About 50 years back, Mustafaqul Zokirov left his drought-hit mountain town in a remote corner of Uzbekistan looking for water.
He stayed away forever.
In any case, his vanishing prompted a revelation that presently attracts pilgrims to a Central Asian nation regularly known for its tremendous steppes and antiquated Silk Road urban areas.
What draws in them is Boybuloq – at 1,415 meters (4,640 feet) – Asia’s most profound surrender.
Uzbekistan’s mountains still have a quality of puzzle and are among the minimum investigated anyplace.
That is absolutely valid for the Hisar run in the south of the nation, where Boybuloq lies.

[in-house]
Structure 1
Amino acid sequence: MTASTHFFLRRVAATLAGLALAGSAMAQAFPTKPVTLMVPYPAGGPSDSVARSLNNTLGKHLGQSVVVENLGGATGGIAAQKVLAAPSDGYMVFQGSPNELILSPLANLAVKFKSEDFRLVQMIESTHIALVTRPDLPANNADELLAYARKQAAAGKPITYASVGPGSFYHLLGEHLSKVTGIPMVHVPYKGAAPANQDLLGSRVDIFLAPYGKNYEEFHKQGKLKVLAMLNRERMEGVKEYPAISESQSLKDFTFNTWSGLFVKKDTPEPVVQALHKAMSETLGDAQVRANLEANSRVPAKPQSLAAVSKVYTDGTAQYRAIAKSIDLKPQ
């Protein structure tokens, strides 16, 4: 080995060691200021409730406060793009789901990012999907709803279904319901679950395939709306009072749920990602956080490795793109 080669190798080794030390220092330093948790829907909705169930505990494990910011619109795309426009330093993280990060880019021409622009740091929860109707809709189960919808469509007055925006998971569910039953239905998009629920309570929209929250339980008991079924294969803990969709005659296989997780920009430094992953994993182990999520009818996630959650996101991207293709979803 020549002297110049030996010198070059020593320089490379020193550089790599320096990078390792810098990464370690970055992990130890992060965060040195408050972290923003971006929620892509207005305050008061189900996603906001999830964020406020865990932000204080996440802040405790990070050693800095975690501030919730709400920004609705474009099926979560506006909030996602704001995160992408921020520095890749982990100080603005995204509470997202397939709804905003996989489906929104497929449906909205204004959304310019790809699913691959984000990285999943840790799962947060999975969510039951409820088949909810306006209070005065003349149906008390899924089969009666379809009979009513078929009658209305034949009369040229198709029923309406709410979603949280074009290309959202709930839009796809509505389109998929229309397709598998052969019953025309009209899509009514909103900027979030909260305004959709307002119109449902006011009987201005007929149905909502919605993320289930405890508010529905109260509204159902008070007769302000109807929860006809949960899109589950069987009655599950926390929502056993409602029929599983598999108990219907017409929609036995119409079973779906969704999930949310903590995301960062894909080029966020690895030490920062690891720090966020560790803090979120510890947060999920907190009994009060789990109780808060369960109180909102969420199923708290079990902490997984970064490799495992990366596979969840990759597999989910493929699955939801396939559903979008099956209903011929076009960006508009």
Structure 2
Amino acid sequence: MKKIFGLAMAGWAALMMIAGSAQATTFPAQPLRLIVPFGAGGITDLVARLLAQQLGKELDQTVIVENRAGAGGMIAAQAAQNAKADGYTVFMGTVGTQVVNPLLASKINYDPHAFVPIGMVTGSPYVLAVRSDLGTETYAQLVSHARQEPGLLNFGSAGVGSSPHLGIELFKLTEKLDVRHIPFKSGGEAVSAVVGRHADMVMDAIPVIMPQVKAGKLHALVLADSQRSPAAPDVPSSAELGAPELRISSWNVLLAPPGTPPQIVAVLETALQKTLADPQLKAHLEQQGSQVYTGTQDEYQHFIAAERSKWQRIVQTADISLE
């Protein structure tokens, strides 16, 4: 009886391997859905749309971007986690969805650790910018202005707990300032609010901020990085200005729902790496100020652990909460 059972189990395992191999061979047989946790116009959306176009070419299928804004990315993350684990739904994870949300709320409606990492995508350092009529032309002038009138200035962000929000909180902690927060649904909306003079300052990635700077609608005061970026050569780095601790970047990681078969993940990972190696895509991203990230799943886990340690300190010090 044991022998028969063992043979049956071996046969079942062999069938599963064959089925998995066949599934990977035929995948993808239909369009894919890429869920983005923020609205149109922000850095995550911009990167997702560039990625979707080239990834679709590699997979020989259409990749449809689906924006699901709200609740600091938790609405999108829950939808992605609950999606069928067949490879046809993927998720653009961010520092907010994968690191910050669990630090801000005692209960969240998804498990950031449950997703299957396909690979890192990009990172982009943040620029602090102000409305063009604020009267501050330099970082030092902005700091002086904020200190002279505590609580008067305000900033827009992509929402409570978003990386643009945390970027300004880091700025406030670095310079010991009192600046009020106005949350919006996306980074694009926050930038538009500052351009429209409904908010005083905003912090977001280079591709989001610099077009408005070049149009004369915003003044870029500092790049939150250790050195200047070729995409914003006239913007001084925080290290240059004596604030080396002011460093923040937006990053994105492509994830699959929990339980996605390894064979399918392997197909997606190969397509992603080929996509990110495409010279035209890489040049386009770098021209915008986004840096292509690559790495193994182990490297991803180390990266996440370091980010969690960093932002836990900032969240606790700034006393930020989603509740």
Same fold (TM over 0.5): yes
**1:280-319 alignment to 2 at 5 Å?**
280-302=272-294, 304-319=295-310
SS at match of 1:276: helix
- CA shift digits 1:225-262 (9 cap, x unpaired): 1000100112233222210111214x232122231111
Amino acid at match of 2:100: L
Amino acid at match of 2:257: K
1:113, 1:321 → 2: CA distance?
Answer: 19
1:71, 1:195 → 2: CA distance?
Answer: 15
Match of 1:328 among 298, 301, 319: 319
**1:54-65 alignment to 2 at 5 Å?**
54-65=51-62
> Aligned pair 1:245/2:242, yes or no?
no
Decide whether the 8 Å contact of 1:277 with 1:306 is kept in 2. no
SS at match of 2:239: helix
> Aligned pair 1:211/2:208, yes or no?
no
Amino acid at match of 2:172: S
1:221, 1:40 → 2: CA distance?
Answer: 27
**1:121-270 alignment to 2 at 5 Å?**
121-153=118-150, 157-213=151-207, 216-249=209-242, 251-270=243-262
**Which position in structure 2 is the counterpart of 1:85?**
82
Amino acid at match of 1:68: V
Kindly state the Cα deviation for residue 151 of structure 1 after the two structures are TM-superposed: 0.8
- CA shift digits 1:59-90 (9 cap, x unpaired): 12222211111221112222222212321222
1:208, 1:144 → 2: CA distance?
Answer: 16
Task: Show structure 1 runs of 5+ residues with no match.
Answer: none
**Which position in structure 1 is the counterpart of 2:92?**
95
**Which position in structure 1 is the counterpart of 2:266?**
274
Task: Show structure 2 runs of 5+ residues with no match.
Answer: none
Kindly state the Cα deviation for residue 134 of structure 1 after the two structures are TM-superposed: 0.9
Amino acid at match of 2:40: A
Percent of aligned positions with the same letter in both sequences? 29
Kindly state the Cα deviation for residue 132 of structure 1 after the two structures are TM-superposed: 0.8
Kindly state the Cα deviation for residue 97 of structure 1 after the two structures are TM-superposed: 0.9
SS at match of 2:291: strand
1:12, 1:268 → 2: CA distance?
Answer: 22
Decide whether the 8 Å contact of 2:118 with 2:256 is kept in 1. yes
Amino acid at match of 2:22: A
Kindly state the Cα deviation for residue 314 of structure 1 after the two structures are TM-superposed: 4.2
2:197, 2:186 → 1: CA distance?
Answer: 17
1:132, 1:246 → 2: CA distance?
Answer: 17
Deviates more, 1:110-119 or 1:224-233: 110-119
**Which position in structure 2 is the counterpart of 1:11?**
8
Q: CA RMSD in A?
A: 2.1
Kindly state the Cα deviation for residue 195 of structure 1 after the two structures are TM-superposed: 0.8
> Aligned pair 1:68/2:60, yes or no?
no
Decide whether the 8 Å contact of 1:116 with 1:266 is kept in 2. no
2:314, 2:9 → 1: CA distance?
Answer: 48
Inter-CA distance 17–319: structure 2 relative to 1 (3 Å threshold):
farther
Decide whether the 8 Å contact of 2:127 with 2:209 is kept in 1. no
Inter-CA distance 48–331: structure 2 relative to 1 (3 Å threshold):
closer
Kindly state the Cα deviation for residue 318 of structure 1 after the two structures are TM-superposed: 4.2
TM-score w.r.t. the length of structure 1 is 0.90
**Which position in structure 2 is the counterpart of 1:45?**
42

Simply arriving is an undertaking not for the timid. First comes a hair-bringing seven-hour drive up in an old Soviet-time UAZ rough terrain vehicle, up to the villa of Dehibolo – which deciphers as “the most astounding town”.
As the mountains vanish in the mists on one side, soak gorges guarantee unavoidable passing on the other should your driver commit the littlest error.
“I even ride in winter and at midnight,” flaunts our young driver Erkin. “I know each stone and each curve. So unwind and appreciate the view.”
When we achieve the last couple of towns, the street vanishes inside and out and the vehicle needs to manage with a waterway bed in the midst of soak fruitless precipices, springs and tight streams.
At a height of over 3,000m, Dehibolo marks the finish of the voyage, a little green desert spring at what feels like the apocalypse.